Homemade Baby Food: Roasted Superfood Veggies

We all love our children and want to feed them the best foods we possibly can. This starts in infancy of course.
The social norms for feeding babies solid foods in this country have largely been shaped by the Gerber baby food commercials over the last 50-60 years. Don’t we all remember those chubby cheeked babies eating out of a jar of baby food?
However, store bought baby foods in those adorable little jars are overpriced and lack key nutritional elements. Packaged baby and toddler foods have a lot of added salt, sugar, and synthetic (manmade) ingredients. These are both unnecessary and potentially harmful to our babies in the long run. See the American Academy of Pediatrics latest press release for more information.
The whole concept of feeding babies jarred food is a marketing tactic from the industrial food producers, who make millions marketing to busy parents.
With a little bit of preparation and advanced planning, busy parents can make delicious, nutritious baby and toddler foods at home and store them in the freezer to pull out and use as needed.

✿ According to conventional wisdom, when introducing solid foods to babies, each new food should be introduced alone with a four day wait period to make sure the baby does not have an allergic reaction. Learn more here.The science is changing on this thinking but to be on the safe side, the recipe below should only be used for babies who have had exposure to multiple foods. Check out WholesomeBabyFood for options for introducing and puréeing earlier foods.


baby food

✿The most affordable place to find locally grown vegetables is your local farmer’s market. Find one near you at Ecology Center Farmer’s Market Finder.



  • 2 sweet potatoes
  • 2 yellow beets
  • 1 head of chopped broccoli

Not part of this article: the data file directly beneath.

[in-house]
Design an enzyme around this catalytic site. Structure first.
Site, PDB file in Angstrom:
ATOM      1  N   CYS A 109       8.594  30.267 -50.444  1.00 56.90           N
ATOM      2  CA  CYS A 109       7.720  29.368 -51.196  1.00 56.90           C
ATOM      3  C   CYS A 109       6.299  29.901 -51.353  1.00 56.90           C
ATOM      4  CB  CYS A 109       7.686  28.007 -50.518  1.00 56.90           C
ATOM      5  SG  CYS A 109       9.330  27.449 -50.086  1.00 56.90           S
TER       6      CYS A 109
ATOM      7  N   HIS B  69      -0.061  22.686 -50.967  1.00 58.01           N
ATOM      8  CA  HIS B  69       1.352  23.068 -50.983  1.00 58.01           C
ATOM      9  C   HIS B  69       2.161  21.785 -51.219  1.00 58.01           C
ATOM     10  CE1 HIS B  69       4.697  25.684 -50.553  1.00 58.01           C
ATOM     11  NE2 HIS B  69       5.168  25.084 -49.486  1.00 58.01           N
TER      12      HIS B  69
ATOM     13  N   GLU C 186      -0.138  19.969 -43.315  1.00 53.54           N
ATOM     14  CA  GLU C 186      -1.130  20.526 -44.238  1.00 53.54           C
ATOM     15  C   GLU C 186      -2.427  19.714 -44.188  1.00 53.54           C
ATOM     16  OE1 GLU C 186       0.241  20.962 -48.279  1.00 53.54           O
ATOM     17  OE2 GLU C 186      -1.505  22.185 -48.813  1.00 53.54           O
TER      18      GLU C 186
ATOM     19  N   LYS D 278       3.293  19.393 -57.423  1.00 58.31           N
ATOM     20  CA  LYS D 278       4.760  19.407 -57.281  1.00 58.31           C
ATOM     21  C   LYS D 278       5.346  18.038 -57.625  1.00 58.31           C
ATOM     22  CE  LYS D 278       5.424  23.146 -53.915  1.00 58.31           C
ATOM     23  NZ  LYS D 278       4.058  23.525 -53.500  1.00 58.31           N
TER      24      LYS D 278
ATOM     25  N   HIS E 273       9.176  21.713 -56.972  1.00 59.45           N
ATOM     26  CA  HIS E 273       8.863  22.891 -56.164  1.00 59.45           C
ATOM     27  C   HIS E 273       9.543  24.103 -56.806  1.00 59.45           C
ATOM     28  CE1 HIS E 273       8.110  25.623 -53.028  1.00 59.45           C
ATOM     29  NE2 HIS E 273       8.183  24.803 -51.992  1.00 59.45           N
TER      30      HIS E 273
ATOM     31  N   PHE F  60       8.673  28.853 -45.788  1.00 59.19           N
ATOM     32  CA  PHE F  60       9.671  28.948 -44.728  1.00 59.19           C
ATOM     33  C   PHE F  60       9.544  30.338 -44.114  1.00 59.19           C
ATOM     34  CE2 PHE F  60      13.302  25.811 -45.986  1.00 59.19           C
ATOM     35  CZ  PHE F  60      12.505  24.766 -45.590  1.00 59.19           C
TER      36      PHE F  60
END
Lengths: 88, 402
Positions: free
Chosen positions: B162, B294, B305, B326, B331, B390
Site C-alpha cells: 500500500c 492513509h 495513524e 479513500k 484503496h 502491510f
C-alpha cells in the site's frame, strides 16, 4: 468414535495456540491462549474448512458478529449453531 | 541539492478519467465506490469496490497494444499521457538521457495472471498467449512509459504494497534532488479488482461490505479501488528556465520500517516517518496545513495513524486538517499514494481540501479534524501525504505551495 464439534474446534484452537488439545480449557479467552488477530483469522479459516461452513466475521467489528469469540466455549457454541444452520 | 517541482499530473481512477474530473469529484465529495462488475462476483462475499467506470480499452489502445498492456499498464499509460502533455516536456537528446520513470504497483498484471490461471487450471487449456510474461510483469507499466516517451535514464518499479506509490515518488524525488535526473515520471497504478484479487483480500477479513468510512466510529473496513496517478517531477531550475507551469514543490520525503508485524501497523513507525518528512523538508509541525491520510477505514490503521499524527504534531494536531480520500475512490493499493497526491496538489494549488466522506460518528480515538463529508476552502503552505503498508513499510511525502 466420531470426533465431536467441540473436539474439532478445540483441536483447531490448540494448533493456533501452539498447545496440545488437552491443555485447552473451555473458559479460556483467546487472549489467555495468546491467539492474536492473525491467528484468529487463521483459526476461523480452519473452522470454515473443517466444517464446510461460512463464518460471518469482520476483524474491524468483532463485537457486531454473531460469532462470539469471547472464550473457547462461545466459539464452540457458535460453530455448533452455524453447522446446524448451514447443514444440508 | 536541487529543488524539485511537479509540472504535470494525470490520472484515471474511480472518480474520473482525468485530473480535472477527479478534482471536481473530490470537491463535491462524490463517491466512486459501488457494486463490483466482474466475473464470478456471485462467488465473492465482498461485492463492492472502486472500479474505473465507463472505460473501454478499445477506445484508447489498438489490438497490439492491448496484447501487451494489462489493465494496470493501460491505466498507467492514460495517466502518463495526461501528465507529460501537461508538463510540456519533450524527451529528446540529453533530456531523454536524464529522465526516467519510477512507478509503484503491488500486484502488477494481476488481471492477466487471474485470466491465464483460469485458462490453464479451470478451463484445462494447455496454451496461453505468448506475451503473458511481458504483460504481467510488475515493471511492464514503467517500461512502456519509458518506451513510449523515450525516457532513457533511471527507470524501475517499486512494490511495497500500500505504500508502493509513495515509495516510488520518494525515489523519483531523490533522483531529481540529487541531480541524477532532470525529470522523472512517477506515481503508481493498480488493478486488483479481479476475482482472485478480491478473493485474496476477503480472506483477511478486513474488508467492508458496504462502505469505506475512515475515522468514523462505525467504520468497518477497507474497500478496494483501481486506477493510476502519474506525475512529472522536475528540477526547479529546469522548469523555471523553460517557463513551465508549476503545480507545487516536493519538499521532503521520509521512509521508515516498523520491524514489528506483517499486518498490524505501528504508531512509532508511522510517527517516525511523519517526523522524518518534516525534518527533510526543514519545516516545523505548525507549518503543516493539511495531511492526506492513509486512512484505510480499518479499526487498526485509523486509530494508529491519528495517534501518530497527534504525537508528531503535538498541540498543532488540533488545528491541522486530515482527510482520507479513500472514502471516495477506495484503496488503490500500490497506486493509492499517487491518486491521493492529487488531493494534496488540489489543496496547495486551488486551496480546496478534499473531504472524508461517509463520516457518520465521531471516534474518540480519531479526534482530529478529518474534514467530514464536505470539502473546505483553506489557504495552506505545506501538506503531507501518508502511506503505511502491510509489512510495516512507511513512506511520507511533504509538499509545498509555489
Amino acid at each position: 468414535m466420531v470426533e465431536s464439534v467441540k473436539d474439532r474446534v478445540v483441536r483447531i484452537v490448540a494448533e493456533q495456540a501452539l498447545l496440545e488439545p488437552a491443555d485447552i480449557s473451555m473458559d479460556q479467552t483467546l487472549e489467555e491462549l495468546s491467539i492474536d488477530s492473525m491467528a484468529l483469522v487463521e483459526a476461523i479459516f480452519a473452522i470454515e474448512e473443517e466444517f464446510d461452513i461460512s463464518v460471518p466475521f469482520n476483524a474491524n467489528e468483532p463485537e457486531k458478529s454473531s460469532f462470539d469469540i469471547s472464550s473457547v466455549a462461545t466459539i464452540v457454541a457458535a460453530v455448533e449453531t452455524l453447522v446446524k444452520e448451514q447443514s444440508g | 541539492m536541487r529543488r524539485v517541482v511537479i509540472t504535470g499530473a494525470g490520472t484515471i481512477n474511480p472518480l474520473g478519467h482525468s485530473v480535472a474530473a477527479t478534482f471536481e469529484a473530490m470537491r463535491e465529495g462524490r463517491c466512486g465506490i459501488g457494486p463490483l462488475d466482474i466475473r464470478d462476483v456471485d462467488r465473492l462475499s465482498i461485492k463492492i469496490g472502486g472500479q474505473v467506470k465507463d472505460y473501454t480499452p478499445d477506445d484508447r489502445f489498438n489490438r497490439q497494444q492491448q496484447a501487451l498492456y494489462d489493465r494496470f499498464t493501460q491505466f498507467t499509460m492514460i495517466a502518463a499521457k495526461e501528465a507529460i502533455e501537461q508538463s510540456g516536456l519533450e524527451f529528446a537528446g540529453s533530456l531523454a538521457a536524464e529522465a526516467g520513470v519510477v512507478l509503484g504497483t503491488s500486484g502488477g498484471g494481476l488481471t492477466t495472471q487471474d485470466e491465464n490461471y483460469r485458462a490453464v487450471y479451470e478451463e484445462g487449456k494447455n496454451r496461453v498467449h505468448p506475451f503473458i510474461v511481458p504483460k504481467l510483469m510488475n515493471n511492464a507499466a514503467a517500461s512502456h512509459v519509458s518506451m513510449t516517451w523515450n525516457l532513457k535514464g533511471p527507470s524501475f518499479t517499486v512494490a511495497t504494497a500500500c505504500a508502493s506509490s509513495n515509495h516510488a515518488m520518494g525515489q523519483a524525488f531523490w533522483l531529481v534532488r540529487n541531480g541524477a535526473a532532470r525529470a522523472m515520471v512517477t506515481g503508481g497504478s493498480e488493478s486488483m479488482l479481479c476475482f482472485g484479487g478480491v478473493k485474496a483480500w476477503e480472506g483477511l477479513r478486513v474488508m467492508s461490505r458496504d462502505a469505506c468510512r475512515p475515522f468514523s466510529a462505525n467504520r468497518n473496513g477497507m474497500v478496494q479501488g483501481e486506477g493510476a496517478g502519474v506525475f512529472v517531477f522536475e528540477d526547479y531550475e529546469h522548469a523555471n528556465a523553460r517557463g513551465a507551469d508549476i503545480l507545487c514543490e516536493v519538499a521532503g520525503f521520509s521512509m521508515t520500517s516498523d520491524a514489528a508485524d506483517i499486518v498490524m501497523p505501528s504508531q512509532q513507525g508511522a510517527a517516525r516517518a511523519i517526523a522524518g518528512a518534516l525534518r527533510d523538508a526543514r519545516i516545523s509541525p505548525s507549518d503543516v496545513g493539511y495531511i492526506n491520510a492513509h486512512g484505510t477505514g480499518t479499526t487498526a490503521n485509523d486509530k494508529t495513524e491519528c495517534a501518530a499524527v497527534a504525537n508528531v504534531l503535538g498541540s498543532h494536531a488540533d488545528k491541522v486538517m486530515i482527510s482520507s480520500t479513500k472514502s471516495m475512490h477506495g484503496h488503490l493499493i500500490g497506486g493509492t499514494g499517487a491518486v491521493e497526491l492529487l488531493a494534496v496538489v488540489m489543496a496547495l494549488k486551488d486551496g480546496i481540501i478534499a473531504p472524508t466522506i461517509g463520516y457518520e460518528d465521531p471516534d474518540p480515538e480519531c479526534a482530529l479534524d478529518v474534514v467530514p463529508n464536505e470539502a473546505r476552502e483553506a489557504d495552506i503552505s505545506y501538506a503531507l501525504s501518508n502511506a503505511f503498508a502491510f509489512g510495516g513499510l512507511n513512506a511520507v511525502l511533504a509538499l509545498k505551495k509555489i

• 3 chopped carrots
  • 2 chopped zucchini or yellow squash
  • 2 cups of yellow corn, peas, beans (frozen is fine)
  • 2 cups kale, spinach or your favorite leafy greens (frozen works well)
  • Optional: 2 kiwi (kiwi are packed with vitamins and minerals and will act as a bit of a sweetener)
  • Herbs: whatever you have on hand (do not use salt); we have used dried oregano. Cilantro will also add a sweet and delicious taste
  • Low sodium chicken or vegetable stock
  • Olive oil
    ✿ Olive oil is a much healthier option than most other vegetable oils. We recommend never feeding margarin or similar processed fats to babies.
  • Optional: Coconut oil, ground flax and chia seeds (and supergreen powder)



  • Chop all vegetables
  • Optional: sauté frozen peas, spinach, or kale in a pan with a little bit of olive oil. Let it cool
  • Combine herbs and optional ground flax and chia seeds
  • Toss chopped vegetables with olive oil and combination of herbs and seeds
  • Drizzle a little olive oil on a cooking sheet and spread the veggies
  • Roast at 400 degrees for 30-45 minutes until veggies are cooked but are still slightly crunchy. Let cool
  • In a food processor or blender, mix roasted veggies, sautéed (or uncooked if you don’t have the time)
  • Blend while slowly adding chicken stock and optional coconut oil until a semi-mushy mix is achieved. The consistency should be based on your baby’s age.
  • Spoon the puree into ice cube trays, cover tightly with plastic wrap and store in your freezer. Defrost and feed baby as needed.


✿ The American Academy of Pediatrics recommends exclusive breastfeeding or formula feeding at least until the age of six months, longer if possible. Studies show that introducing solid foods too early (before 4 months of age) may increase obesity risk. Learn more here.


Do you prepare your own baby food? We want to hear from you! Visit us on our Facebook or Twitter pages to share your tips.